Articles by Alexandra Busch in JoVE
Paired Nanoinjection and Electrophysiology Assay to Screen for Bioactivity of Compounds using the Drosophila melanogaster Giant Fiber System Monica Mejia1, Mari D. Heghinian2, Alexandra Busch1, Frank Marí2, Tanja A. Godenschwege1 1Department of Biological Sciences, Florida Atlantic University, 2Department of Chemistry & Biochemistry, Florida Atlantic University A rapid in vivo assay to test for neuromodulatory compounds using the Giant Fiber System (GFS) of Drosophila melanogaster is described. Nanoinjections in the head of the animal along with electrophysiological recordings of the GFS can reveal bioactivity of compounds on neurons or muscles.
Other articles by Alexandra Busch on PubMed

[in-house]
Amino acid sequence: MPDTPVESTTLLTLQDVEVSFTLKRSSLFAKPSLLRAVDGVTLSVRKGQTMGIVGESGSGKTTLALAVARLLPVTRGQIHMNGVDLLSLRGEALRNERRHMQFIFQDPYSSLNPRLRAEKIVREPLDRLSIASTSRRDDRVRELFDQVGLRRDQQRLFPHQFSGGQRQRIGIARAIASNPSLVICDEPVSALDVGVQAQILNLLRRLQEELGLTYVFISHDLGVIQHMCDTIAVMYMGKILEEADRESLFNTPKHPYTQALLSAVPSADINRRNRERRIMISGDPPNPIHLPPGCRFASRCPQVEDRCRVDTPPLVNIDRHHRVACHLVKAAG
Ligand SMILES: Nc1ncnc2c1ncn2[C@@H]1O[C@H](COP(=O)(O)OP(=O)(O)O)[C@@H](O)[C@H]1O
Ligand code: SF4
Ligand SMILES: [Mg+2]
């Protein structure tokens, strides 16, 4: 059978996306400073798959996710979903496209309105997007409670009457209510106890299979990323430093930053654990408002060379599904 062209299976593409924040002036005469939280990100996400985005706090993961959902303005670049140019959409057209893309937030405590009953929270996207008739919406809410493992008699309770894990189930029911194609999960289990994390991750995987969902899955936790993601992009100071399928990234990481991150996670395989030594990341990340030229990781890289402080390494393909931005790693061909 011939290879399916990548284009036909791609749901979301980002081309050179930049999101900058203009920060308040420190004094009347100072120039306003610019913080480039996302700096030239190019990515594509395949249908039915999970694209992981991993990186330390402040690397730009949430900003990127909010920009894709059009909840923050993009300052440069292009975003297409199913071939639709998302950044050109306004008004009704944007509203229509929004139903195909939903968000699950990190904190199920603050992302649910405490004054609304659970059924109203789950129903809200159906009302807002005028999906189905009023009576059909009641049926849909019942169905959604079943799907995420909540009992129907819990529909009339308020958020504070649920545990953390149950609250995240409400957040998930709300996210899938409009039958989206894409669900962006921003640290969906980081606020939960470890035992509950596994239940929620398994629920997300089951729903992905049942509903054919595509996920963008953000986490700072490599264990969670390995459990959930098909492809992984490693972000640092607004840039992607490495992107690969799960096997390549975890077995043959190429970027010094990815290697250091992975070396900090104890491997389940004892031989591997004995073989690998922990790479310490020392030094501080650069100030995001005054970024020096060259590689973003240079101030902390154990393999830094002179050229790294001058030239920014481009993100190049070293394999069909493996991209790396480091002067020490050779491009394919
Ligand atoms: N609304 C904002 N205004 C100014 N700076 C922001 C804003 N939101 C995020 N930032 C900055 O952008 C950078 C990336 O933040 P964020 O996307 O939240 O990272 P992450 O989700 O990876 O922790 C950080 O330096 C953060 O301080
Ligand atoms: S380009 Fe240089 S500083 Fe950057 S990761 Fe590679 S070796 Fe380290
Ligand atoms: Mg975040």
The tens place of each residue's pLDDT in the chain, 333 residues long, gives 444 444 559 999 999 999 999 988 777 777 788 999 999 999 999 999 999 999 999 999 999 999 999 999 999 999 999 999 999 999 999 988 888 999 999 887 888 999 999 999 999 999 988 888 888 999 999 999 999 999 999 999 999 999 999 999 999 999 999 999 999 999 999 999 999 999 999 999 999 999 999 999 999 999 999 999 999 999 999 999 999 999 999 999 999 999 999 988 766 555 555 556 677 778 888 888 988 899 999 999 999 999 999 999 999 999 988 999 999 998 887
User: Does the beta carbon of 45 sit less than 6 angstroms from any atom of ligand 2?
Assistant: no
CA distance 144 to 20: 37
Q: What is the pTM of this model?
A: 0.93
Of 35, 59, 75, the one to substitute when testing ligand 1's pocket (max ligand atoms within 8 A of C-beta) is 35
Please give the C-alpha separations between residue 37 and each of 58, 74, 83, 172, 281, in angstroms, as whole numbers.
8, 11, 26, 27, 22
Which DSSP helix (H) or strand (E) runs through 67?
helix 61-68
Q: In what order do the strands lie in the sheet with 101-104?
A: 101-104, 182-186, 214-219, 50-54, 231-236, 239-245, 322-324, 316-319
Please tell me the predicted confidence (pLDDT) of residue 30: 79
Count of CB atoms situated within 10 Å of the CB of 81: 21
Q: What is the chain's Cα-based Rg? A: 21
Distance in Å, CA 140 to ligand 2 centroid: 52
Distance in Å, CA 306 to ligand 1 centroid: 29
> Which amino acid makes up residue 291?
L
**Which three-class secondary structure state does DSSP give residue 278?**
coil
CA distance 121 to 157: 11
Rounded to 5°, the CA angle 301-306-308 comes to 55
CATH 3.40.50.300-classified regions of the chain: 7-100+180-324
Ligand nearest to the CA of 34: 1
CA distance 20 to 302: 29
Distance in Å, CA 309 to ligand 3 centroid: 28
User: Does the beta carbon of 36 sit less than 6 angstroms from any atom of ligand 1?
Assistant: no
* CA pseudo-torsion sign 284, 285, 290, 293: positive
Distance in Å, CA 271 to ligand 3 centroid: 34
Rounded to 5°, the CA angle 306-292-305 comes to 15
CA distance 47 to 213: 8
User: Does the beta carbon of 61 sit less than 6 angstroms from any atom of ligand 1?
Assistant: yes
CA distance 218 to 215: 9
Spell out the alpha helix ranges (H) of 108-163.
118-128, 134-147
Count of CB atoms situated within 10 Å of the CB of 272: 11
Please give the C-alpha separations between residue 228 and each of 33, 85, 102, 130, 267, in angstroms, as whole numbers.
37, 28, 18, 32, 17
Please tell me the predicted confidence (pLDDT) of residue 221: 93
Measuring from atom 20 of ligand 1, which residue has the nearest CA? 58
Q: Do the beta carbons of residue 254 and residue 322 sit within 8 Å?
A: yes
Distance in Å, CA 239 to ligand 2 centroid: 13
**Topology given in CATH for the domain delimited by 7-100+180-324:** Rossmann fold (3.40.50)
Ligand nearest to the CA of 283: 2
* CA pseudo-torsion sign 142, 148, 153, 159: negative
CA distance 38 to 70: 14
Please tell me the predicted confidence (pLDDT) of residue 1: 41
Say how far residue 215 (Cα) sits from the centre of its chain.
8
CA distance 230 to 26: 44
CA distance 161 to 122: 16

A Novel Approach for in Vivo Screening of Toxins Using the Drosophila Giant Fiber Circuit Toxicon : Official Journal of the International Society on Toxinology. Dec, 2010 | Pubmed ID: 20723555 Finding compounds that affect neuronal or muscular function is of great interest as potential therapeutic agents for a variety of neurological disorders. Alternative applications for these compounds include their use as molecular probes as well as insecticides. We have developed a bioassay that requires small amounts of compounds and allows for unbiased screening of biological activity in vivo. For this, we paired administering compounds in a non-invasive manner with simultaneous electrophysiological recordings from a well-characterized neuronal circuit, the Giant Fiber System of Drosophila melanogaster, which mediates the escape response of the fly. The circuit encompasses a variety of neurons with cholinergic, glutamatergic, and electrical synapses as well as neuromuscular junctions. Electrophysiological recordings from this system allow for the detection of compound-related effects against any molecular target on these components. Here, we provide evidence that this novel bioassay works with small molecules such as the cholinergic receptor blocker mecamylamine hydrochloride and the potassium channel blocker tetraethylammonium hydroxide, as well as with venom from Conus brunneus and isolated conopeptides. Conopeptides have been developed into powerful drugs, such as the painkillers Prialtâ„¢ and Xen2174. However, most conopeptides have yet to be characterized, revealing the need for a rapid and straightforward screening method. Our findings show that mecamylamine hydrochloride, as well as the Î±-conotoxin ImI, which is known to be an antagonist of the human Î±7 nicotinic acetylcholine receptor, efficiently disrupted the synaptic transmission of a Drosophila Î±7 nicotinic acetylcholine receptor-dependent pathway in our circuit but did not affect the function of neurons with other types of synapses. This demonstrates that our bioassay is a valid tool for screening for compounds relevant to human health.